“Let’s talk about the ideas that you always wanted to do but could never do.”
That’s how Donald Katz, CEO of Audible.com, opened a meeting with Eric Nuzum, NPR’s outgoing programming v.p.
“Like, ideas that were either too big, or cost too much money, or were too risky, or you couldn’t find or attract the right talent for it,” Nuzum recalls Katz wanting to discuss.
As a result of those conversations, Nuzum is leaving NPR in June to become Audible’s senior v.p. for original content. He’s tight-lipped about the ideas he discussed with Katz, but he told me on The Pub that he has big plans, ranging from a documentary series to a game show.
“At Audible, I think our aspiration is to be the place where . . . top-shelf creative talent come to do the best work of their lives, and not have to worry about how to market it or pay for it,” Nuzum said. “And that’s a very attractive idea.”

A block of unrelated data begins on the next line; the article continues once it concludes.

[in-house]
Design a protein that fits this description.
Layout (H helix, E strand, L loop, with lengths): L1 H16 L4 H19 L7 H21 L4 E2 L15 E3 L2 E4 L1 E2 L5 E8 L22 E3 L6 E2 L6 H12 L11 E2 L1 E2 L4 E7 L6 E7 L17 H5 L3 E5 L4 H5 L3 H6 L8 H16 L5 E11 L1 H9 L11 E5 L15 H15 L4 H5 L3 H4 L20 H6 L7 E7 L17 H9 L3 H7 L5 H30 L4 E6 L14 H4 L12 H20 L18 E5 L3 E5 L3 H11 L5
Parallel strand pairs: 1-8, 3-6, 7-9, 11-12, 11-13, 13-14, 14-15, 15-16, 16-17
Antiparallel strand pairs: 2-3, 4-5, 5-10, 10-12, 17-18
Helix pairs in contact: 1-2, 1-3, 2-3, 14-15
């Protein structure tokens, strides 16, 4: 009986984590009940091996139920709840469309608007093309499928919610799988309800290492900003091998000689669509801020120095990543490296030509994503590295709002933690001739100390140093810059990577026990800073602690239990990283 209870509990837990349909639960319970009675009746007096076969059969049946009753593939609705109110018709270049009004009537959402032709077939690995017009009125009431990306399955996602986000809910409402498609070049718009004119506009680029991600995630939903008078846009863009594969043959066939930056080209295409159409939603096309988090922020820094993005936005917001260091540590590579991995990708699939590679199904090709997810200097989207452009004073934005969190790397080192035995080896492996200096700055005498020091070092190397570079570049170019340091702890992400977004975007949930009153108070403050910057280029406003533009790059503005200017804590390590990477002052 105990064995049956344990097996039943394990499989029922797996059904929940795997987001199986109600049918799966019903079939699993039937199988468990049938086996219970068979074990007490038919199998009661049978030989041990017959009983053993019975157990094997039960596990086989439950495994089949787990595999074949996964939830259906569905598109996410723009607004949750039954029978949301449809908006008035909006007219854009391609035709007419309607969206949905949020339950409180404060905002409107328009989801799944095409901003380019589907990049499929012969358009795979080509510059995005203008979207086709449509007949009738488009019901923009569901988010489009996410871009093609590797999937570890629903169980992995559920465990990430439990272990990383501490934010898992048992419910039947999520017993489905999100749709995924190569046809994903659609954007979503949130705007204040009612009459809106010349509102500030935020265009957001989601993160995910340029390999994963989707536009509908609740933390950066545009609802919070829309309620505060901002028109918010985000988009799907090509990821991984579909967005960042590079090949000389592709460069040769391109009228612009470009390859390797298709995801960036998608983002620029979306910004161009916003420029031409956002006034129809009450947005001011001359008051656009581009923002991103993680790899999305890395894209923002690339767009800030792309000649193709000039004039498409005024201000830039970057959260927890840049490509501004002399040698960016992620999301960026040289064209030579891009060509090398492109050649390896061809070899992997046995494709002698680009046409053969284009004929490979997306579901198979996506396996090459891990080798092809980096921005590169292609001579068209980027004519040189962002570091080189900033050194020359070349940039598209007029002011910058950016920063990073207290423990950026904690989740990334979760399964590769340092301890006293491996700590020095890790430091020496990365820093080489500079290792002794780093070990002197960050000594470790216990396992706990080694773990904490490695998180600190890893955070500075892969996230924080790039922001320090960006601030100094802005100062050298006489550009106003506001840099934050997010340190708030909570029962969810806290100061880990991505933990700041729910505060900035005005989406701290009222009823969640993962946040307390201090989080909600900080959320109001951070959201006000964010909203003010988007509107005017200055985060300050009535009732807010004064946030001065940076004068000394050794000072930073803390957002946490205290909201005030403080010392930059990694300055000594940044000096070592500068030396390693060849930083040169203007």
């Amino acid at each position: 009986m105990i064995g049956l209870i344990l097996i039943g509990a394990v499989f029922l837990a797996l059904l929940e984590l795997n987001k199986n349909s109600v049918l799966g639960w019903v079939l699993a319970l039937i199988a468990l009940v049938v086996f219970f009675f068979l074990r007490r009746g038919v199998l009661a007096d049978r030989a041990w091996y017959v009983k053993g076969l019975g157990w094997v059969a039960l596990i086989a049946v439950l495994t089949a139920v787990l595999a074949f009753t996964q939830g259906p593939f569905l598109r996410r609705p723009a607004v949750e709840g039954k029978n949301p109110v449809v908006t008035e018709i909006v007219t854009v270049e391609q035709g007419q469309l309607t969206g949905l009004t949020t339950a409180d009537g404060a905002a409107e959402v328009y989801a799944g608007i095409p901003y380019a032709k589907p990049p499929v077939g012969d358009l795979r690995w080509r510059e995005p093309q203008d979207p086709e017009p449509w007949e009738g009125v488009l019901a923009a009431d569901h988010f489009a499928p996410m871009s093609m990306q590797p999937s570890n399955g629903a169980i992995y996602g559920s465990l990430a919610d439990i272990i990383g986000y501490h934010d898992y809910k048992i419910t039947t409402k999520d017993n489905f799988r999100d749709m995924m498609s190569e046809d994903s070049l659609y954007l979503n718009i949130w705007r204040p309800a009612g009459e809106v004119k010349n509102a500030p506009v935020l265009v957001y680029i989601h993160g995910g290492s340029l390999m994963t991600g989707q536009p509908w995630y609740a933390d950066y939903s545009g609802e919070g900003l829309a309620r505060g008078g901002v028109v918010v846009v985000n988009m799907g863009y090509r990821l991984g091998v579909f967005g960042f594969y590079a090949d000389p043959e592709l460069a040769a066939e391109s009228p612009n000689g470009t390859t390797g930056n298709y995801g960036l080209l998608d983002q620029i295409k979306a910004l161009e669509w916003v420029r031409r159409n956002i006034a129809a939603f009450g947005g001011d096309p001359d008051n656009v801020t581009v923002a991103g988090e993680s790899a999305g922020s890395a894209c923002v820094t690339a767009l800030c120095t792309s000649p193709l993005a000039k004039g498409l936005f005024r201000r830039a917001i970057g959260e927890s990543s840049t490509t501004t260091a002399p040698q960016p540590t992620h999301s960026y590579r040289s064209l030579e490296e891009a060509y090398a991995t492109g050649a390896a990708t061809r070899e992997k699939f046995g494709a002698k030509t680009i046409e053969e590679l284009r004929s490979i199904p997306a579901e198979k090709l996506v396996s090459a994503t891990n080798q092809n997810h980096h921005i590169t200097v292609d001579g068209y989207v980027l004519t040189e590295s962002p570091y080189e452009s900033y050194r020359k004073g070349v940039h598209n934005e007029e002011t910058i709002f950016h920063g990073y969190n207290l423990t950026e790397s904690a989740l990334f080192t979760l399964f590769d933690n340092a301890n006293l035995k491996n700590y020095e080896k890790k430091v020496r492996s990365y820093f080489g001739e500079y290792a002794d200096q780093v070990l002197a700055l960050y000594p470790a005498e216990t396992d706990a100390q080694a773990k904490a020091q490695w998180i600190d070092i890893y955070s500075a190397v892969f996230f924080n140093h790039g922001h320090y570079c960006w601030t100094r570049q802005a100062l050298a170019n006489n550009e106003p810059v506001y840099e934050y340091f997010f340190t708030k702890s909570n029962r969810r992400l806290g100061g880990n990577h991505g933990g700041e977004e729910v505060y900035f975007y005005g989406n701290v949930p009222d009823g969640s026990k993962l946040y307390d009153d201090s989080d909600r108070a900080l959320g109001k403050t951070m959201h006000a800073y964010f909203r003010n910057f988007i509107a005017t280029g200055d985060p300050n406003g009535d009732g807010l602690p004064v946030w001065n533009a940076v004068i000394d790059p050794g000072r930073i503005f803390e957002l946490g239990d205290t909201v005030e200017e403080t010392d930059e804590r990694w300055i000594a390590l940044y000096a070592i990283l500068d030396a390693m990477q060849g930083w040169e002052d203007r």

On this week’s episode of The Pub, we look back at Nuzum’s career developing new shows at NPR, which included hits such as Invisibilia, and such misses as Bryant Park Project. We also explore why Nuzum felt he had to leave public media to help audio producers do “the best work of their lives.”
Also on the show this week:
- Deanna Martin Mackey, outgoing KPBS station manager and incoming president of the Public Television Major Market Group, discusses why so few women have been hired into public media’s top jobs and what is being done about it.
- Listeners react to our recent shows on the ethical pitfalls of podcast advertising and PBS’s Membership Video on Demand as “slippery slope” arguments.
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Adam Ragusea hosts Current’s weekly podcast The Pub, and is a journalist in residence and visiting assistant professor at Mercer University’s Center for Collaborative Journalism.